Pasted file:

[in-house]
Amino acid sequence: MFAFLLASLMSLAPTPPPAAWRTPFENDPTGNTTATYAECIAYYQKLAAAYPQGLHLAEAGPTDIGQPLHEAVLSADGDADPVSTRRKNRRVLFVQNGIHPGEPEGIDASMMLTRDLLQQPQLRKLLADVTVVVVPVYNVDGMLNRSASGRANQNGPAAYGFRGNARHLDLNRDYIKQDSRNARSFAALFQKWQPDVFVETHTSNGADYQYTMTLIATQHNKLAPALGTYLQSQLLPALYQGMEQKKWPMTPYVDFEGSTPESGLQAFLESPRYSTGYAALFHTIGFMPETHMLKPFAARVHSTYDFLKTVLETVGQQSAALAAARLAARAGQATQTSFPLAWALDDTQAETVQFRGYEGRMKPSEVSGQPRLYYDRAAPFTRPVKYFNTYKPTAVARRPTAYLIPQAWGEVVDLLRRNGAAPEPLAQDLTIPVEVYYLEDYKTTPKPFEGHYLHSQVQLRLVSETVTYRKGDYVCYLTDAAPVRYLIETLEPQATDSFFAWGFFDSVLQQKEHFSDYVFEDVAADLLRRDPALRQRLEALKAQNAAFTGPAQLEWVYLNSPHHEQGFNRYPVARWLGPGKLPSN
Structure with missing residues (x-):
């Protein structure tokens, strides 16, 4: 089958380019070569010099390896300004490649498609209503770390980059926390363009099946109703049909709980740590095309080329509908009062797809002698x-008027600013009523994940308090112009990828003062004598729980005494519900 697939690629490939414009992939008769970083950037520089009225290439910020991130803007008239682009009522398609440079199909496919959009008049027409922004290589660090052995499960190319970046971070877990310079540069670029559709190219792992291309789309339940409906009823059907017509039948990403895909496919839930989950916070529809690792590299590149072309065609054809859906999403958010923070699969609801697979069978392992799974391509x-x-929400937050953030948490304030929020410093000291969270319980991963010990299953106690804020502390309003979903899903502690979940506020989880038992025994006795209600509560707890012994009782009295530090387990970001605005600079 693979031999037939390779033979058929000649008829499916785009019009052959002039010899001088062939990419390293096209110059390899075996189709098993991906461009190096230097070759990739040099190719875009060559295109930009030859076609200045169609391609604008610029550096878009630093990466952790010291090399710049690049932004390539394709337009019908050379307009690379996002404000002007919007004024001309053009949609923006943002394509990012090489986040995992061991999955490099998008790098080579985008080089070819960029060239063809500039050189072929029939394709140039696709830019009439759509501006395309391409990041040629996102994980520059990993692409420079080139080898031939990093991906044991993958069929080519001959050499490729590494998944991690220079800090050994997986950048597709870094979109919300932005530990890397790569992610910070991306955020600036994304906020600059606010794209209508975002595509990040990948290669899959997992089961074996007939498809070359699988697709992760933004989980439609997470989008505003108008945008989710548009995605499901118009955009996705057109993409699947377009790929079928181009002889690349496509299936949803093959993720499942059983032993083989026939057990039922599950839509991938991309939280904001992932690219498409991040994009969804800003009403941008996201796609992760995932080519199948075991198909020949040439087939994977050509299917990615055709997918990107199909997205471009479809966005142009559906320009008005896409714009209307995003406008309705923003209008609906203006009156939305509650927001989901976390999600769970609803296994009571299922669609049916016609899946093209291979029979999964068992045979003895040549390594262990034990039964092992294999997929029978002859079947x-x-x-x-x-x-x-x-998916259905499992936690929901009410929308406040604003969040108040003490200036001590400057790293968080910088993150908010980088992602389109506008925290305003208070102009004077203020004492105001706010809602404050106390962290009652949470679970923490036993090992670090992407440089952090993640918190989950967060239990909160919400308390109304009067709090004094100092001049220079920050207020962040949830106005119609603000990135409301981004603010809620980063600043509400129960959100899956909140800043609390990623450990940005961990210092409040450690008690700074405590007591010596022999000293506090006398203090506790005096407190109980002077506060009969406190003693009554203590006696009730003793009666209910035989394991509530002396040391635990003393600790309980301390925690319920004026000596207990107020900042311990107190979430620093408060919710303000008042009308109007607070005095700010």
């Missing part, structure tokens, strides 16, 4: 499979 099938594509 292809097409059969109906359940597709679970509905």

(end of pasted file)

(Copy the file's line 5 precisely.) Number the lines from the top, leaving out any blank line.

């Missing part, structure tokens, strides 16, 4: 499979 099938594509 292809097409059969109906359940597709679970509905």